UK: Dramatic Johnson steals show from Truss

With a deliberately dramatic performance, self-proclaimed "launcher" Boris Johnson stole the show from Britain's new Prime Minister, Liz Truss.

UK: Dramatic Johnson steals show from Truss

With a deliberately dramatic performance, self-proclaimed "launcher" Boris Johnson stole the show from Britain's new Prime Minister, Liz Truss.

The previous head of government promised his successor "nothing but energetic support" on her first day in office - but the 58-year-old clearly vented his anger at the forced exit and left room for speculation about a comeback.

The previous Foreign Secretary addressed the population from the same location in Downing Street on Tuesday afternoon. She was previously appointed the 56th Prime Minister by Queen Elizabeth II at Balmoral Castle in Scotland. "The Queen has received an audience with the Honorable Elizabeth Truss and asked her to form a new government," the palace said.

The most important job in the UK is now becoming a mammoth task for the 47-year-old: Rapidly rising energy costs, her Conservative Party divided, the health care crisis and the Russian war against Ukraine are just the biggest challenges she faces. "I am confident that together we will weather the storm, rebuild our economy and become the modern, great Britain I know we can be," said Truss.

Johnson describes himself as a launch vehicle in parting

It is already clear that the style of government is changing. The often wooden-looking Truss does not have the charisma of its jovial predecessor by far. Puns and hints are far from her. Johnson is quite different – ​​he used a strange-sounding comparison for his future role. "Let me say that I am now like one of those launch vehicles that has done its job and gently re-enters the atmosphere and sinks invisibly somewhere in a distant part of the Pacific," he said outside Downing Street's famous black door . His wife Carrie and numerous employees, members of parliament and confidants listened to the address to the nation and applauded enthusiastically.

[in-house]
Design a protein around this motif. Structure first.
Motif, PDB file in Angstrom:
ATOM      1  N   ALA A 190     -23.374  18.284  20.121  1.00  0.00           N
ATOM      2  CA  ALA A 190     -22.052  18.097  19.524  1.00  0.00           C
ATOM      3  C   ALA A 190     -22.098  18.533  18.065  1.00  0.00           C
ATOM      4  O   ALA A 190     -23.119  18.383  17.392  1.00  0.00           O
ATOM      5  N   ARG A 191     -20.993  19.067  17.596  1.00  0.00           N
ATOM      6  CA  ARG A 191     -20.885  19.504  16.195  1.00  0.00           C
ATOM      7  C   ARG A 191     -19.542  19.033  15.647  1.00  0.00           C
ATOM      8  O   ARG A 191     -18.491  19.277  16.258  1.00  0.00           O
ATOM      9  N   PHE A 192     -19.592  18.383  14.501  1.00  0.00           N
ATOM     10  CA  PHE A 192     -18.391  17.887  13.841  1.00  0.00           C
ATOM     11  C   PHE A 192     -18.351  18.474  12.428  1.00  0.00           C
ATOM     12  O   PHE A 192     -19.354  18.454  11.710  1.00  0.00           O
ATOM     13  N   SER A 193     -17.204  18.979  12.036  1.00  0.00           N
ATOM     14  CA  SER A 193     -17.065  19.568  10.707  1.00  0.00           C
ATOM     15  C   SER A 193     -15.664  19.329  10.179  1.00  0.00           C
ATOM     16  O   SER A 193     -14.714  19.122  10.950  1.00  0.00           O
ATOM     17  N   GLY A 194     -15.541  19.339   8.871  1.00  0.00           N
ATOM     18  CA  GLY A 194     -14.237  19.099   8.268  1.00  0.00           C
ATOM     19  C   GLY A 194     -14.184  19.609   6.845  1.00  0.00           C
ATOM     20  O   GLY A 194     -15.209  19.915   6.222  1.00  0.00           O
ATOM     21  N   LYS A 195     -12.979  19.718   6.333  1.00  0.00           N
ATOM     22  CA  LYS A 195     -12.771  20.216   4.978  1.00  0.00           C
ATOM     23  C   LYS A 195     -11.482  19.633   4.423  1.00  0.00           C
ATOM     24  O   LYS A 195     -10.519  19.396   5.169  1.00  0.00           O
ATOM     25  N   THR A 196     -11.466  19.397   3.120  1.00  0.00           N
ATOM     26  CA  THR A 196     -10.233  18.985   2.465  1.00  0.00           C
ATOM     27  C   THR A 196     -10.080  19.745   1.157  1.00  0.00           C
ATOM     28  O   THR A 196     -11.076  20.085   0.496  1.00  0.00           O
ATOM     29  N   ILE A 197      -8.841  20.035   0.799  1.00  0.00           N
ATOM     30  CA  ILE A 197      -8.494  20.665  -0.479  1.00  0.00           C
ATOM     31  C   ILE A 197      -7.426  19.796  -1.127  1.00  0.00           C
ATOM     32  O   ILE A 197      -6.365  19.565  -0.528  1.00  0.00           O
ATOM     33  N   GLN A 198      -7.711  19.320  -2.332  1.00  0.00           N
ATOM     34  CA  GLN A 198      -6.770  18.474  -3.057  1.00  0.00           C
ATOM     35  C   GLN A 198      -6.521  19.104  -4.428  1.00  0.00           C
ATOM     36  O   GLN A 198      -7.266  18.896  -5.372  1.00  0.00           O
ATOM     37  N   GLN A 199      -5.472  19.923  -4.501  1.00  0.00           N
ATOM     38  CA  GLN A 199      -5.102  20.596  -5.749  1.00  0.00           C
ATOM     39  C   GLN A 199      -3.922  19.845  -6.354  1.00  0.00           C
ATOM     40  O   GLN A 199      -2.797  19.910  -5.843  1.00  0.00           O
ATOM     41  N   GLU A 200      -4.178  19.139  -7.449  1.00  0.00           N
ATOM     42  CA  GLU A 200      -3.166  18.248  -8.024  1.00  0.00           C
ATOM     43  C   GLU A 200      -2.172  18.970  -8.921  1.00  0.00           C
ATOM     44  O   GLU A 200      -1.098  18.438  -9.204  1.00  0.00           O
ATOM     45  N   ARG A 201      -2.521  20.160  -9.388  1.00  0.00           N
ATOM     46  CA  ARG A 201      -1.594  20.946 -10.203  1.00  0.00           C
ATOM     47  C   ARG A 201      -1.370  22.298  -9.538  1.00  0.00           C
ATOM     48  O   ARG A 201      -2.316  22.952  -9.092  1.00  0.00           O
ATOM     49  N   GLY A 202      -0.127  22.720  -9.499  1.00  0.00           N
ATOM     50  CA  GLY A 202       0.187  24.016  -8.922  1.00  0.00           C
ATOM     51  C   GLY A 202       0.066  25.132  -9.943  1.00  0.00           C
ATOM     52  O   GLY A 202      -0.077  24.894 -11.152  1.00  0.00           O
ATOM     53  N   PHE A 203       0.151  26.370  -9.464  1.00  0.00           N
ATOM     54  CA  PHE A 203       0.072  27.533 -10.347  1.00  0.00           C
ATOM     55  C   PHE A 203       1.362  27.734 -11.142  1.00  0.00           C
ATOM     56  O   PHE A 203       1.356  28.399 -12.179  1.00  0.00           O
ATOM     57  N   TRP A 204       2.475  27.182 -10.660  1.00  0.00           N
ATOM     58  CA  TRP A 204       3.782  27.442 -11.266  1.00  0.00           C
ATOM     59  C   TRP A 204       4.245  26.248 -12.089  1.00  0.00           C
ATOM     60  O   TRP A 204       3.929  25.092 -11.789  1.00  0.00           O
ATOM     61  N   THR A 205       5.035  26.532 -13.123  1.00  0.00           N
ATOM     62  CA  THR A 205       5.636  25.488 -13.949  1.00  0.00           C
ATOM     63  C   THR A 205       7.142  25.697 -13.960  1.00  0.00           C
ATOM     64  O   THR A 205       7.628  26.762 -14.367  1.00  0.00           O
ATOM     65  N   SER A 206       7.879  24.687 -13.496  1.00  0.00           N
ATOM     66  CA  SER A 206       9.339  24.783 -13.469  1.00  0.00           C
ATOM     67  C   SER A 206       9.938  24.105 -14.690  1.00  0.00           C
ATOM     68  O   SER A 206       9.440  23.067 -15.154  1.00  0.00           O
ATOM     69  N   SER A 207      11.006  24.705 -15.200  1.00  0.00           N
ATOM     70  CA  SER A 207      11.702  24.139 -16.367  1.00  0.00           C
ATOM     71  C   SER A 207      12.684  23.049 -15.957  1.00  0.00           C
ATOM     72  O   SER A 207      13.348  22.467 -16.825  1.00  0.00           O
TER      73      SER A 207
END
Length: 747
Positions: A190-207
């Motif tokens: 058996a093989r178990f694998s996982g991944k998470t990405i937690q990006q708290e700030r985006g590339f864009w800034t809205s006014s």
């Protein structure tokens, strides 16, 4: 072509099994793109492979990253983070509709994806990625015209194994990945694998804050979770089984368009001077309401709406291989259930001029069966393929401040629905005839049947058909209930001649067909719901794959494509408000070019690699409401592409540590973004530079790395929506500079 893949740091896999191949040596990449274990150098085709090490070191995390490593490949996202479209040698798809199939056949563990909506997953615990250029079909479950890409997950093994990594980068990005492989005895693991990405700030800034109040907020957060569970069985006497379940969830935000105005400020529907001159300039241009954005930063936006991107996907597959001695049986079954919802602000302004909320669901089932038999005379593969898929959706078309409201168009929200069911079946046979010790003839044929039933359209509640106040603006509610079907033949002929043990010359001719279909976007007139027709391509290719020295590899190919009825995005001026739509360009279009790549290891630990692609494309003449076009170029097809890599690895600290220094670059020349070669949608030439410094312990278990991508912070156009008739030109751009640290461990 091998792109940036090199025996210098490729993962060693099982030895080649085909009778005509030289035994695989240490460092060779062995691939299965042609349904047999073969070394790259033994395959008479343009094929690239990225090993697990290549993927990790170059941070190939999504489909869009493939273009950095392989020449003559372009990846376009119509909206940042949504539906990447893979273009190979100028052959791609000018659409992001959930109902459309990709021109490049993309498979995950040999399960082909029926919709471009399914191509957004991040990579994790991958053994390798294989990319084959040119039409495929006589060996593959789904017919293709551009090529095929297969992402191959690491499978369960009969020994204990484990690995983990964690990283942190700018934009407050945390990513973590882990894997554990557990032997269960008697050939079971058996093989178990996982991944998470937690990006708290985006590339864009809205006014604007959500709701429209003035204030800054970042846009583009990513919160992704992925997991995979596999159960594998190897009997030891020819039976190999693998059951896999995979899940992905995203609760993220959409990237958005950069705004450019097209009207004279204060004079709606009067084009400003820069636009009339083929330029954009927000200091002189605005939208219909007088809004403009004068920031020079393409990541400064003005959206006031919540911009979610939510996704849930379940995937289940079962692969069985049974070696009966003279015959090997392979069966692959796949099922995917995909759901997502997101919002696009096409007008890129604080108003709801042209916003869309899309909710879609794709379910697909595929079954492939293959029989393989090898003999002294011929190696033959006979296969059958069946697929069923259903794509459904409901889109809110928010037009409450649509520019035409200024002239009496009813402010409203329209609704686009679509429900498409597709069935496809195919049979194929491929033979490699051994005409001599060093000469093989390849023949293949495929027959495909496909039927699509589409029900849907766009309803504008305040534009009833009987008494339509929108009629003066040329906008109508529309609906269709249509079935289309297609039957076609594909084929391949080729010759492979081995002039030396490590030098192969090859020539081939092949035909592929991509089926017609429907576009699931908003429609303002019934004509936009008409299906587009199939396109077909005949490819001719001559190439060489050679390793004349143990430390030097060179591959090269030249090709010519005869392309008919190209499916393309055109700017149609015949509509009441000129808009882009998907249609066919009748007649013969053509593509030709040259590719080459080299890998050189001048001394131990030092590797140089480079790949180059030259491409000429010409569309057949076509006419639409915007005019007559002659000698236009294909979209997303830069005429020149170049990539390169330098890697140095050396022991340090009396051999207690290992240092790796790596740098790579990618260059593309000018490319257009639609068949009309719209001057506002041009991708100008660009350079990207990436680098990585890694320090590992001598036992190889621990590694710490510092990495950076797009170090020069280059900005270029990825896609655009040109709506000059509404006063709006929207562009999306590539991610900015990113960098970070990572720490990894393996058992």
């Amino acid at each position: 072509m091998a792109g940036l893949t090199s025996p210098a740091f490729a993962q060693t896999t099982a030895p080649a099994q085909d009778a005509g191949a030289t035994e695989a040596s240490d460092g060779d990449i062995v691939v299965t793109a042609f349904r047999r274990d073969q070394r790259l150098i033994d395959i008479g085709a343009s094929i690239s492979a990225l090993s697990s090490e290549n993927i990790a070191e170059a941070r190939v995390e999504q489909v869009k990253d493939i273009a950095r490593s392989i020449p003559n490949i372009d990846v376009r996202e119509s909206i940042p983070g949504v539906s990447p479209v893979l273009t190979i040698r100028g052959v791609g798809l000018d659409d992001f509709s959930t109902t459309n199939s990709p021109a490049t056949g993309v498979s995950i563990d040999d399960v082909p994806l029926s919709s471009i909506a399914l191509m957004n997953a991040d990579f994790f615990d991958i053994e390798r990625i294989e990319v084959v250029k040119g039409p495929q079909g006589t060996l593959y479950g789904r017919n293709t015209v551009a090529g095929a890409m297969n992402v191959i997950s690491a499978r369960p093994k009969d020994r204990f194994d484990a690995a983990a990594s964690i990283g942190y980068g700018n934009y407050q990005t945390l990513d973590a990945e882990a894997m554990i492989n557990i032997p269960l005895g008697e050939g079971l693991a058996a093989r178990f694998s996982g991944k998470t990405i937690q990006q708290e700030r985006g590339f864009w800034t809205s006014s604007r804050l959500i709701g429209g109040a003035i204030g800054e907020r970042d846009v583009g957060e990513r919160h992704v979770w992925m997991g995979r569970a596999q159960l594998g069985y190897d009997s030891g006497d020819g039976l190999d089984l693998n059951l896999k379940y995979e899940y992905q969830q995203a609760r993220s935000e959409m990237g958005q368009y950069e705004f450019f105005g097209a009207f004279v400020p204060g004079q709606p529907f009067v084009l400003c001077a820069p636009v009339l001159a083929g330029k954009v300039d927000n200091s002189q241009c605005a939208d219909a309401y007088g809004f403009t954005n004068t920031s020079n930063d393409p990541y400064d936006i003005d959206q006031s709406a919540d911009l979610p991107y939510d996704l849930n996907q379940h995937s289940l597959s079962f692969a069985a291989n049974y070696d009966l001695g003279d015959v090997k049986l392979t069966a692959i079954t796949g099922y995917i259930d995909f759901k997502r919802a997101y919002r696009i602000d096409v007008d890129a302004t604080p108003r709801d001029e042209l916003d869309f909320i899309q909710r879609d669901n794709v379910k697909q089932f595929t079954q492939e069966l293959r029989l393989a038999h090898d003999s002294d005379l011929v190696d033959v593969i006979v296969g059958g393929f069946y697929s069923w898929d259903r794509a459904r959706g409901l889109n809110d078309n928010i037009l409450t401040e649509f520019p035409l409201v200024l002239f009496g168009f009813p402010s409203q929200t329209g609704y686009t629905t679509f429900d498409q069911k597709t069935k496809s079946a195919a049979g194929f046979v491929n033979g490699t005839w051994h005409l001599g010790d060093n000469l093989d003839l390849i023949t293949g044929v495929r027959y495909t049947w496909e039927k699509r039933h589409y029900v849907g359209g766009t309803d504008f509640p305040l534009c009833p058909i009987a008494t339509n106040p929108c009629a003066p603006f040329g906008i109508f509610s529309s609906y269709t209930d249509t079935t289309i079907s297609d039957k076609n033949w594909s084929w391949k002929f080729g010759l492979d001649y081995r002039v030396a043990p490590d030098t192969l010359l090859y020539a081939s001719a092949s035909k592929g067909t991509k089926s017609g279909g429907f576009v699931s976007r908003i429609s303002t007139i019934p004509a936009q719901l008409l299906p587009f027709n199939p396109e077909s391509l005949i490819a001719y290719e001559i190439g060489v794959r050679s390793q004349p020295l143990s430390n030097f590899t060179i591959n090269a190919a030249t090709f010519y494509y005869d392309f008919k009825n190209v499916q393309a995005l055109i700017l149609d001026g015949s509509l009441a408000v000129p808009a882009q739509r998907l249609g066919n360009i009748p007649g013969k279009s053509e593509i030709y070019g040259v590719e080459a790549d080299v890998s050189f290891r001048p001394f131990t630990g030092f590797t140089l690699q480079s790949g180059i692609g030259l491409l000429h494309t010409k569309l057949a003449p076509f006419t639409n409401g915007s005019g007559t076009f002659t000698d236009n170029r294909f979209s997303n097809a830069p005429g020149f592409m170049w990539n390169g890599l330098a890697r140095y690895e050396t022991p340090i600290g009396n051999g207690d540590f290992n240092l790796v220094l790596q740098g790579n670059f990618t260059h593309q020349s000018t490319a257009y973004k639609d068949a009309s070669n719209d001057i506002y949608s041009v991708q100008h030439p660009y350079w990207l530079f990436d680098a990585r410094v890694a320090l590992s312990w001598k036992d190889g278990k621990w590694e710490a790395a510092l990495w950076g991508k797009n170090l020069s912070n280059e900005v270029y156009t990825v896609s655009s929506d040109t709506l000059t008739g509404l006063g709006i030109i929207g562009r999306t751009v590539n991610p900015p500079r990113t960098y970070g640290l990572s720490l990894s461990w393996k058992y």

After 1,140 days in office, Johnson was upset about his cabinet's forced departure: "You changed the rules halfway." In addition, the studied historian compared himself to a Roman ruler: "Like Cincinnatus, I return to my field." Lucius Quintus Cincinnatus (519-430 BC) had returned to work in the fields after a successful battle - but took over sole rule again when asked to do so.

Johnson was forced to resign after numerous scandals, but remains popular with the party base. He continues to sit in parliament as a regular member. Limiting his influence is considered one of the most important challenges facing his successor.

Cabinet consists of confidants

Truss occupied the most important cabinet posts on Tuesday evening. Economics Minister Kwasi Kwarteng takes over the important office of Finance Minister and Truss' former Secretary of State for Europe, James Cleverly, takes over the Foreign Ministry. Conservative hardliner Suella Braverman becomes Home Secretary. Truss' probably closest confidant Therese Coffey will have an important role in the future as Deputy Prime Minister and Minister of Health. Party grandees had demanded that Truss should also involve critics. The day before, after a sometimes bitter party campaign against ex-Finance Minister Rishi Sunak, she had only been elected party leader with a relatively narrow majority. But Truss fired the most prominent Sunak supporters.